Search This Blog

Thursday, November 3, 2011

The Problem with Hysteresis

hysteresis (hst-rss) The dependence of the state of a system on the history of its state.

Linda and I recently were allowed to give a brief presentation and take questions regarding SUSTAIN SLO to a group of faculty in a Cal Poly department that had initial reservations about our contacting students to attend information sessions regarding SUSTAIN. [We encountered the usual problem of many faculty/administration confusing our request to contact students with a request for approval of SUSTAIN.] The faculty were respectful to us and had some good (if the usual) questions. Linda was transparent and respectful -- as a person who is maybe a little too astute politically, I have an initial worry about admitting to others about the possibility of failure but I am slowly being healed of this.

After leaving the meeting, I followed up with an email to a friend in the department asking if we had covered the bases and if there was any additional information that was needed. Prior to receiving an answer form the friend, I got the email saying that the department would withhold its imprimatur for a year to see if SUSTAIN was successful. Later, I got a phone call from the friend saying that part of the discussion after Linda and I left focused on the our personalities and "history" at Cal Poly. I was characterized as always wanting to go off and do my own thing (not being a team player) and Linda was described as not really caring about GE, that as an engineer all she wanted to do was to get engineers out of the usual GE classes. The friend was a bit dispirited because the department was becoming a group of naysayers.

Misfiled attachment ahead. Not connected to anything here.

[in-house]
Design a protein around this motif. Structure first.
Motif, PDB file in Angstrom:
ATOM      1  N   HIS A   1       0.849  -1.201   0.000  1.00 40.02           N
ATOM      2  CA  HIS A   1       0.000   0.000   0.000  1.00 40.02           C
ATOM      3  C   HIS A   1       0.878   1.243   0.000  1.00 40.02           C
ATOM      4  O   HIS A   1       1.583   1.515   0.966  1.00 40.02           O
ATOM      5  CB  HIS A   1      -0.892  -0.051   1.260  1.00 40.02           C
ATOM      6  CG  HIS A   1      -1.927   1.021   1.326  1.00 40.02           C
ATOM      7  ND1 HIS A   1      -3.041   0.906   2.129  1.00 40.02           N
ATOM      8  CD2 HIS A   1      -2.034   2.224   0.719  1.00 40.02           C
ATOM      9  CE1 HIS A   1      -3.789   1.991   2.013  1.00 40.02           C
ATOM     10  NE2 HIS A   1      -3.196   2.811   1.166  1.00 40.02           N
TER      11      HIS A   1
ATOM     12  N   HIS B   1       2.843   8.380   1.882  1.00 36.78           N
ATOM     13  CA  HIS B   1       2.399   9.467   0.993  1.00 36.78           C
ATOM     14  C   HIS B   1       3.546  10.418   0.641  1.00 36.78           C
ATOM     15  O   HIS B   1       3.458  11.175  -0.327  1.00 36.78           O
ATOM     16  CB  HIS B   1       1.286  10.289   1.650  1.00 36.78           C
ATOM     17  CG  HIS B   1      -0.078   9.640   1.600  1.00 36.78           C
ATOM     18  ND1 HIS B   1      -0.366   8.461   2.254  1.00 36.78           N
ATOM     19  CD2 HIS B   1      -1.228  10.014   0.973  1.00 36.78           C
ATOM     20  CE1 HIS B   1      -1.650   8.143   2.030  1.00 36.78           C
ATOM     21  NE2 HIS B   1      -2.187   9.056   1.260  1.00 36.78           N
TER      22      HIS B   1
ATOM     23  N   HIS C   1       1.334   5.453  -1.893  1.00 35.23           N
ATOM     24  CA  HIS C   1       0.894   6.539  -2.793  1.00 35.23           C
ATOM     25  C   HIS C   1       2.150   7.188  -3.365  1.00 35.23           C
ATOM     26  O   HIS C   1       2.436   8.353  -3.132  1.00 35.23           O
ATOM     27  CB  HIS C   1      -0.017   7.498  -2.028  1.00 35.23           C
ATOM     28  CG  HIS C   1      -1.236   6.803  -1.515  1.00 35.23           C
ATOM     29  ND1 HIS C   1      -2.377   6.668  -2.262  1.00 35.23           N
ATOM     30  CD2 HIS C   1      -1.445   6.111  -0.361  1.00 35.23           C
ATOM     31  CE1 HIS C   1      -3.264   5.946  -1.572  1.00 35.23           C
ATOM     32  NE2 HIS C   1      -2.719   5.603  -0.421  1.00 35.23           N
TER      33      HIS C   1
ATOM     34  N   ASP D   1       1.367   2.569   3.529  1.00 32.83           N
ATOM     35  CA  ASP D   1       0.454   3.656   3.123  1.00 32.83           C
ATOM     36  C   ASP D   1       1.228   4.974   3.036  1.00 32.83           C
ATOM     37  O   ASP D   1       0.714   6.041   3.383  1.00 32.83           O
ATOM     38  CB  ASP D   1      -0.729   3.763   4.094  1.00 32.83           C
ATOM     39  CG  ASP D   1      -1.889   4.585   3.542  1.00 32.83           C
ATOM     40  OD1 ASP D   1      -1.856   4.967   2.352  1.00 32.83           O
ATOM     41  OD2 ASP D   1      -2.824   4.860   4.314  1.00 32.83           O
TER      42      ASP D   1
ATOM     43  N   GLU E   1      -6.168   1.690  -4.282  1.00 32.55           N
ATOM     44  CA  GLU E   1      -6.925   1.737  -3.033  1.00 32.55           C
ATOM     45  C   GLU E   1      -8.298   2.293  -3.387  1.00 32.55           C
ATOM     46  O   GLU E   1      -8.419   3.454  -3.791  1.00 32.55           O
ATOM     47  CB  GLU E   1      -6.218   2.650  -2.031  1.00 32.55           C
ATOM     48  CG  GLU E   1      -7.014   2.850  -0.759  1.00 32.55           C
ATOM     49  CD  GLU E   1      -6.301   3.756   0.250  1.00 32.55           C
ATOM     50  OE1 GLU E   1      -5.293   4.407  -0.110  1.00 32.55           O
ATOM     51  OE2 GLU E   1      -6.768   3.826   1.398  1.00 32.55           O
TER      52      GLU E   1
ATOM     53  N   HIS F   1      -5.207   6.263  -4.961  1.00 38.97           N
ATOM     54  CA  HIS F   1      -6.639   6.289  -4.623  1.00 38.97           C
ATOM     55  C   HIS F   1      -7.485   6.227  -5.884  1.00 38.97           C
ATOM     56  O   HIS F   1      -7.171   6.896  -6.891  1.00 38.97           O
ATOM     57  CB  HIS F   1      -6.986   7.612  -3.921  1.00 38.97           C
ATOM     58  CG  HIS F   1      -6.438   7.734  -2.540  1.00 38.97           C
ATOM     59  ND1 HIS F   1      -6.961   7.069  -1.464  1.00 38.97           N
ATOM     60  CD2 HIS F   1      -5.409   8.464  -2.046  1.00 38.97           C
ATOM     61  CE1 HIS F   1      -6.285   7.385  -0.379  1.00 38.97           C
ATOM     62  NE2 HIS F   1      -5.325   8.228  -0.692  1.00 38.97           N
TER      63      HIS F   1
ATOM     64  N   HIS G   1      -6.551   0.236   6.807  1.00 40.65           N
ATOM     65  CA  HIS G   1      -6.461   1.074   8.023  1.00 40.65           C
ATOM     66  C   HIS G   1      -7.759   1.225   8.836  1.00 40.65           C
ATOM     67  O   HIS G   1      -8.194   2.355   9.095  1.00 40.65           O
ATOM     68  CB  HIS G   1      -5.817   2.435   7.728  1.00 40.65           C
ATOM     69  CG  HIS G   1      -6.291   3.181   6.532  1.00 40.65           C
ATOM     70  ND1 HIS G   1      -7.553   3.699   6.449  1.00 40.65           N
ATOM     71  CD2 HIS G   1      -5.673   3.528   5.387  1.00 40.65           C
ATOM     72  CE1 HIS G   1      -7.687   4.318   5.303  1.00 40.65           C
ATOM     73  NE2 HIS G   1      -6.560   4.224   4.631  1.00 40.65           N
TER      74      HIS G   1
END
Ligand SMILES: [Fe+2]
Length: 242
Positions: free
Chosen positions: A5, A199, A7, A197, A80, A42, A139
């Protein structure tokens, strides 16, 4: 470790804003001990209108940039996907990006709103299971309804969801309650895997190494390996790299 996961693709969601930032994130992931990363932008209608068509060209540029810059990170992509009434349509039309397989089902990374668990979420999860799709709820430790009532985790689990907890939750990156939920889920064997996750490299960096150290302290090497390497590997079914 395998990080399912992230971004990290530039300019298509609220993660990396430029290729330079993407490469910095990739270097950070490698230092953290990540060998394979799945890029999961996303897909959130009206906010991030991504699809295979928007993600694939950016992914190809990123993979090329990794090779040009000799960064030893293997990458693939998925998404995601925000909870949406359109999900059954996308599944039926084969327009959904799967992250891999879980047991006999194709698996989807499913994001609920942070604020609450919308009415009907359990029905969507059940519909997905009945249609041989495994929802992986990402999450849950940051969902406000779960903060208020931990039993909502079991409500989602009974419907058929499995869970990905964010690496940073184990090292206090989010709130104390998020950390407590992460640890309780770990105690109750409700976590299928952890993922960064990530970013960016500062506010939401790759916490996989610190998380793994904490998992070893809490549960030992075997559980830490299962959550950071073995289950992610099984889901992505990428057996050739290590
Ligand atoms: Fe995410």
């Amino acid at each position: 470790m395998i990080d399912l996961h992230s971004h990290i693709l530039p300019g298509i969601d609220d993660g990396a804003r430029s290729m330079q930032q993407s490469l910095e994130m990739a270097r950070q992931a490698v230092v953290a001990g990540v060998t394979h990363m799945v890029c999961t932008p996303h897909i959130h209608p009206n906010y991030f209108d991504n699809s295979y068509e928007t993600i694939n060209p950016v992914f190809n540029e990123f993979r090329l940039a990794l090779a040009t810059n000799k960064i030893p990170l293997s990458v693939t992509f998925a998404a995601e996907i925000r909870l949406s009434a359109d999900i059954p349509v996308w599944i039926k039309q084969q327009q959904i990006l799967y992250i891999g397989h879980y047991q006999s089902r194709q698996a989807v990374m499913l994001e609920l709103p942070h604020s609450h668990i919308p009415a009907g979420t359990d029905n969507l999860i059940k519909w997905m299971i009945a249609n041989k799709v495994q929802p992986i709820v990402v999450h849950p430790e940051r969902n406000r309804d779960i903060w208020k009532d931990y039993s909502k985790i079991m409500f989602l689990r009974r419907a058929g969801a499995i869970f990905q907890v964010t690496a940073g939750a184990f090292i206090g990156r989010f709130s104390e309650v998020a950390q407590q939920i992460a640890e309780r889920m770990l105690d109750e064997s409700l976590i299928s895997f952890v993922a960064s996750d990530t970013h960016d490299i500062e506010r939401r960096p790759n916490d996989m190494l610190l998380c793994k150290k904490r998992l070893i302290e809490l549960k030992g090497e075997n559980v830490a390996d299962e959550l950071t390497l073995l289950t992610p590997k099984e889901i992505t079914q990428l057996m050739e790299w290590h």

I learned about the term hysteresis in grad school and it revolved around the idea of a backward rigidity after an event. The application is often around labor hiring after a recession. After so many cutbacks, even when things improve in general, hiring does not bounce back to previous levels. My sense is that the hysteresis here is that part of our current state with SUSTAIN -- that portion over which we have so little control -- is tethered to these ideas about the individuals involved and our (perceived) history that has little to do with the particulars of the current initiative.

It seems as though the path to success is to have been invisible in the past -- but then being invisible could open someone up to not having sufficient experience. This "no win"-"no win" situation is just another issue to deal with.

I'm drawn to my peers

and so are the students.  this is what i discovered by attempting to hang out and attract applicants at the liberal arts dorm.  students wanted to talk with students.

i realize that i occur to them like their parents.  hmm.  we really do need the students if this is to happen.

Monday, October 31, 2011

the pain, the pain...

(not to be confused with "the plane! the plane!" from that bad '70s TV show intro ...Fantasy Island).